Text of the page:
Woburn Public Library Website receives MLA Award

Every odd-numbered year, the MLA gives out PR awards to participating libraries to recognize their achievements in marketing their libraries, whether it be by brochure, event or by website. Any member of the MLA can nominate a library for recognition in the predetermined set of categories and then the nominees are evaluated by the PR committee of the MLA, which compares the various submissions and determines the winners.Andrea Bunker, Assistant Director at the Woburn Public Library, accepted the 2015 1st place award for the website, which was built by Stirling Brandworks and launched in the spring of 2014. She made a short speech thanking Tom and Brian for their hard work, attention to detail and design vision in developing the website for the library and its patrons.


We got treated to some book cart madness like we’d never seen before… Check out a video of all the fun below!

The Future of Library Websites

As technology continues to progress into the future, many institutions are beginning to get left in the dust. Over the past few years, libraries have begun to modernize themselves in order to keep up with new trends in technology. We recently did some research on several studies that examine the current trends and future of libraries. Here’s what we’ve found:


  • Only 1 in 5 libraries actually have a responsive website. This means almost 80% of patrons are having a difficult time accessing library websites from their mobile devices. By refusing to keep up with the world around us, patrons are left to deal with inconvenience and frustration. As a result, many will look elsewhere in order to access books or resources. Libraries are now being forced to improve their usability and presence on the web in order to keep up with the demand of their future-forward patrons.
  • Both younger and older generations are using technology as a way to connect to different libraries. Unsurprisingly, the younger generation is using a library’s website or mobile application to access information. However, these days adults over the age of thirty seem to be using these devices to connect to libraries as well. Although it seems the age gap is slowly closing, age groups from ages 16-29 years old and from ages 30-49 years old both use library websites and mobile applications equally. This trend suggests that as time and technology move forward, the older generation is still making an effort to keep up with digital resources.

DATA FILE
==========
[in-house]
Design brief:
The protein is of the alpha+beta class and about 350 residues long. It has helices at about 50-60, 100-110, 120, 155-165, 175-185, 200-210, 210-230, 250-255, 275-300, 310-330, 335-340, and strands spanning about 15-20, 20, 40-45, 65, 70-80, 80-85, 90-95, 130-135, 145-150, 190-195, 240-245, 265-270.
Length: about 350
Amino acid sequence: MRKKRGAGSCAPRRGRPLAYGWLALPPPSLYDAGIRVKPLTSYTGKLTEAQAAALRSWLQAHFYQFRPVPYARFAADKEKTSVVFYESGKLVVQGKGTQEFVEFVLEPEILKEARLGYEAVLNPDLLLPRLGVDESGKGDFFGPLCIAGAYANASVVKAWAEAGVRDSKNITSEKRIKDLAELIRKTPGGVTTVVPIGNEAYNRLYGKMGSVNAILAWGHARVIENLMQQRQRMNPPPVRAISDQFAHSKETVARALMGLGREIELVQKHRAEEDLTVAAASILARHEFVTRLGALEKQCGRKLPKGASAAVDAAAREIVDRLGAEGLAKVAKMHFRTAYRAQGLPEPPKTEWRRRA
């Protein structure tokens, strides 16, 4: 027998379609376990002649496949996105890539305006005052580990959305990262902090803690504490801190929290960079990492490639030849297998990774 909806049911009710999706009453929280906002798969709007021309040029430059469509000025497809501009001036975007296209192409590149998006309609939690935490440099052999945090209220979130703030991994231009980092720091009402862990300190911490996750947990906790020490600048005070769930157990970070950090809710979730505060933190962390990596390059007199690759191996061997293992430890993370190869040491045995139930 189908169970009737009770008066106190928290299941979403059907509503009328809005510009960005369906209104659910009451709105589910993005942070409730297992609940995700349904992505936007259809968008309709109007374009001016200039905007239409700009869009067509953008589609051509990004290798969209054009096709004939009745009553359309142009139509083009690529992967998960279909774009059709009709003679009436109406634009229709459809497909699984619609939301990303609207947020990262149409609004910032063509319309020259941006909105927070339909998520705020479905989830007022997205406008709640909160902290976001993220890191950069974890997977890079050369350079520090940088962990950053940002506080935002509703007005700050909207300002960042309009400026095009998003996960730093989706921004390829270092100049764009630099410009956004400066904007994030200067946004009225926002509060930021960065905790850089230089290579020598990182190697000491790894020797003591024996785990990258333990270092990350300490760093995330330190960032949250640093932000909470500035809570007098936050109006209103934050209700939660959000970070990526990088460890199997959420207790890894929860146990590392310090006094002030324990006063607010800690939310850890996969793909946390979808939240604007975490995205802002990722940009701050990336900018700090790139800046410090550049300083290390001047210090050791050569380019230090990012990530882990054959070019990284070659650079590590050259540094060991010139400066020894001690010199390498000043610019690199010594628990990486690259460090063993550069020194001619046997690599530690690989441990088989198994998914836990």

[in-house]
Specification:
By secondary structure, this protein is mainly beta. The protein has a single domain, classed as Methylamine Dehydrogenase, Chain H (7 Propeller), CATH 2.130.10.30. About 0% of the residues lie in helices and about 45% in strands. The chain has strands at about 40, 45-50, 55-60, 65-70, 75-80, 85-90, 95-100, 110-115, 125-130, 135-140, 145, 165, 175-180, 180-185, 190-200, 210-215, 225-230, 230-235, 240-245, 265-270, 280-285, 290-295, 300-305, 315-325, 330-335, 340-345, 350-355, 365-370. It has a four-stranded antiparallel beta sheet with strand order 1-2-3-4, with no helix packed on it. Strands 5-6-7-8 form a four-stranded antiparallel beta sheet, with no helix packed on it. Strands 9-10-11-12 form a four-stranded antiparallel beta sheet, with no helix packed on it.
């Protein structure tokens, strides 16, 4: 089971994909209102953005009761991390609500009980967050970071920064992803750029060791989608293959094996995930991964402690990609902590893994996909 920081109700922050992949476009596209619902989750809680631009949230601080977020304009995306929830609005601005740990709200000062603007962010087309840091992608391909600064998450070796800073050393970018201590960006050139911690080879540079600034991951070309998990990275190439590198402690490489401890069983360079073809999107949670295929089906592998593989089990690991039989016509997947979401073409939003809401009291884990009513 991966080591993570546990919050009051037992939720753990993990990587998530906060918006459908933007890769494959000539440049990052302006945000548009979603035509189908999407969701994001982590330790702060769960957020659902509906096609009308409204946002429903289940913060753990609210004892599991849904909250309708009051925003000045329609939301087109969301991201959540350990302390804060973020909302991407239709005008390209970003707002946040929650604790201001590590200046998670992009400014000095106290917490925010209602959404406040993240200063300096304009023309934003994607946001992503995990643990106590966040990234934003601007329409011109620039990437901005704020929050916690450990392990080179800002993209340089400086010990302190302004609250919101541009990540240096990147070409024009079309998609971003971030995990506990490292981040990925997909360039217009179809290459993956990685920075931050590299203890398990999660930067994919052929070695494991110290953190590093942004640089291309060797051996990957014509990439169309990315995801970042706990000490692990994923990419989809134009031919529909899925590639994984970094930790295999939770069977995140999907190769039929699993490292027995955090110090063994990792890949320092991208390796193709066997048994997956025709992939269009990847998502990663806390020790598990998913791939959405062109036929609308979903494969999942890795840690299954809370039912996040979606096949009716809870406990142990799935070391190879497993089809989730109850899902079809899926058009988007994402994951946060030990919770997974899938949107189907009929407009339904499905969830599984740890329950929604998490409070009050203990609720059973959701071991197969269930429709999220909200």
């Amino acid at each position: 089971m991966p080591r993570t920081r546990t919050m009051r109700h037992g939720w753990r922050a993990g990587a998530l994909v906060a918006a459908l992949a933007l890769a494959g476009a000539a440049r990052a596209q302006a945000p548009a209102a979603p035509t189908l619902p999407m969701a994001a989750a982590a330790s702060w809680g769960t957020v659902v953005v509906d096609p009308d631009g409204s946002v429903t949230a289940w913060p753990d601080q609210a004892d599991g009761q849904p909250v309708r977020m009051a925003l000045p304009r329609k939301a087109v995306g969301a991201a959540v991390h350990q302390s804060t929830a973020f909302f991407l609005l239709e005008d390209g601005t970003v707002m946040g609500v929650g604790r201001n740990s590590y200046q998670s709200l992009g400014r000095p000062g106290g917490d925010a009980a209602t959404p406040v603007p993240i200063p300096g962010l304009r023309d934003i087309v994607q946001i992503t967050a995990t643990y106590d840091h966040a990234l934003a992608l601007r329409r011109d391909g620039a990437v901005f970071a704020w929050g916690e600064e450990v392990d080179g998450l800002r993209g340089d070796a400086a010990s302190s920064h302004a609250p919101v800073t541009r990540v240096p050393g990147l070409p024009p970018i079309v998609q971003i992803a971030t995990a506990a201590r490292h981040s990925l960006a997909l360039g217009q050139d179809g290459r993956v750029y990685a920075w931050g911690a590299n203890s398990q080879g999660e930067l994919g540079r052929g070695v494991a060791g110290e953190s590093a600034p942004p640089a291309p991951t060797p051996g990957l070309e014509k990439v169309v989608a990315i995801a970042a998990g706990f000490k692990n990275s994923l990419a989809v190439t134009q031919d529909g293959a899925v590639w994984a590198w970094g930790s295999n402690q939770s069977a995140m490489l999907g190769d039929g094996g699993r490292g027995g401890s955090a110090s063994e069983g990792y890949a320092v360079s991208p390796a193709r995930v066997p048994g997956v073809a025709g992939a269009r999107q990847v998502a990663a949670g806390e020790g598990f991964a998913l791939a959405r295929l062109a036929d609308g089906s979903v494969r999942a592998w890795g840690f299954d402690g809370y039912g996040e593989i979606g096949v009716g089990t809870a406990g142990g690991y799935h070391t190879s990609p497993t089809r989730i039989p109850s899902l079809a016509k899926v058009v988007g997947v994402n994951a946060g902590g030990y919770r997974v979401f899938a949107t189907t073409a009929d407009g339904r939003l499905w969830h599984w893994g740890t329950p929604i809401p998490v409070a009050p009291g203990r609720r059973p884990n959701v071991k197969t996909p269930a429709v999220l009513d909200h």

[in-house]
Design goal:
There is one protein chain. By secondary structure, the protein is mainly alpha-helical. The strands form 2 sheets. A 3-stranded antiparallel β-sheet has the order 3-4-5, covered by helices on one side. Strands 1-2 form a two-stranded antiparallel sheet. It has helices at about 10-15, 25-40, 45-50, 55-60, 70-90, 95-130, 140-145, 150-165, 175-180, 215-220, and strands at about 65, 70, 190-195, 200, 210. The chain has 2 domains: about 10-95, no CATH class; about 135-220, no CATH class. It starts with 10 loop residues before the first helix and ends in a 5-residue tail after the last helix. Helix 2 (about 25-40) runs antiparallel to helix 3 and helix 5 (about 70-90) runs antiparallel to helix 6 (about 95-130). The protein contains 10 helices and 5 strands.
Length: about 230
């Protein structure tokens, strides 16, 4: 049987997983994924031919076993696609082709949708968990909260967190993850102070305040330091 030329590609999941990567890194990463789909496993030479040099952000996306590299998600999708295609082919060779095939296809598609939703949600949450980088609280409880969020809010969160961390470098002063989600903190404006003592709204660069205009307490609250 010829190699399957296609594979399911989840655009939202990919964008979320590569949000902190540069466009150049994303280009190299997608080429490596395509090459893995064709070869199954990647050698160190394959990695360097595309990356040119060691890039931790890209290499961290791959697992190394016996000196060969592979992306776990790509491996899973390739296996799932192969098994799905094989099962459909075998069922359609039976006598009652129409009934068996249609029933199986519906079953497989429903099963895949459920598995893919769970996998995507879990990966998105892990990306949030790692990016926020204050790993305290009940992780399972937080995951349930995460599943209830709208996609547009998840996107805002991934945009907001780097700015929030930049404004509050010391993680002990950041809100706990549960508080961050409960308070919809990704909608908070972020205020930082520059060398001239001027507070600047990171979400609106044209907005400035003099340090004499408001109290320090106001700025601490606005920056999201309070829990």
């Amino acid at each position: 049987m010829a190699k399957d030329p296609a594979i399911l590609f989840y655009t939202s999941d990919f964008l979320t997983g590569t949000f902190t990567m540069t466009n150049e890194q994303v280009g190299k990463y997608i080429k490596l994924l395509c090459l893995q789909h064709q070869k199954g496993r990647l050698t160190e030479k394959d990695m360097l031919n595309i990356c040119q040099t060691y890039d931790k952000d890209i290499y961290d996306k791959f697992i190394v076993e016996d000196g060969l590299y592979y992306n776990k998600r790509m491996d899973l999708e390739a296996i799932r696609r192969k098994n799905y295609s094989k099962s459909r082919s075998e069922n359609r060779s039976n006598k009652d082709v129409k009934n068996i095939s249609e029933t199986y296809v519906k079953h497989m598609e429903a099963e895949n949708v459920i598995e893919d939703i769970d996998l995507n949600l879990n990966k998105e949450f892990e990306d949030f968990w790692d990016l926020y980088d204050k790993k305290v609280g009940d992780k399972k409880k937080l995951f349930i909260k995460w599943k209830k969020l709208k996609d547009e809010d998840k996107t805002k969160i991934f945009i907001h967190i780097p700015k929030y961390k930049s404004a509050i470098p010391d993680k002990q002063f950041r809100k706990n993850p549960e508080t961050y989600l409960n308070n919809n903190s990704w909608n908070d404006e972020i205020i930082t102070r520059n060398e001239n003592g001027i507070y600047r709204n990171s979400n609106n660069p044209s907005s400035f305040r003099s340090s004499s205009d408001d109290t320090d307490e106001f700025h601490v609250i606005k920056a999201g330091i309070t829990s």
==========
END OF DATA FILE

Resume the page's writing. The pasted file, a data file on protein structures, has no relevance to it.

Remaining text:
• 90% of libraries have an incorporated an eBook lending program. This program uses resources like OverDrive, Hoopla, and Zinio, which allow users to have an online account connected to their library card. Once connected, users can borrow materials and have them sent directly to their personal digital and mobile device. This allows users to access materials without having to leave their home.
  • Libraries are beginning to use more up to date tools in order to keep up with the technology going on around the world. In order to modernize themselves, some libraries are beginning to add tools, such as 3-D printers, which are allowing patrons to use more creativity and imagination.
  • Another advancement libraries have made is providing access to online databases for research and study. A large percentage of library patrons are students using the library as a viable and trust-worthy source for research and reference. Studies have shown that only small percentage of students (12-14%  based on degree) physically visit the library, and that a higher percentage of student library users actually take advantage of the library’s online resources instead. Check out our infographic here.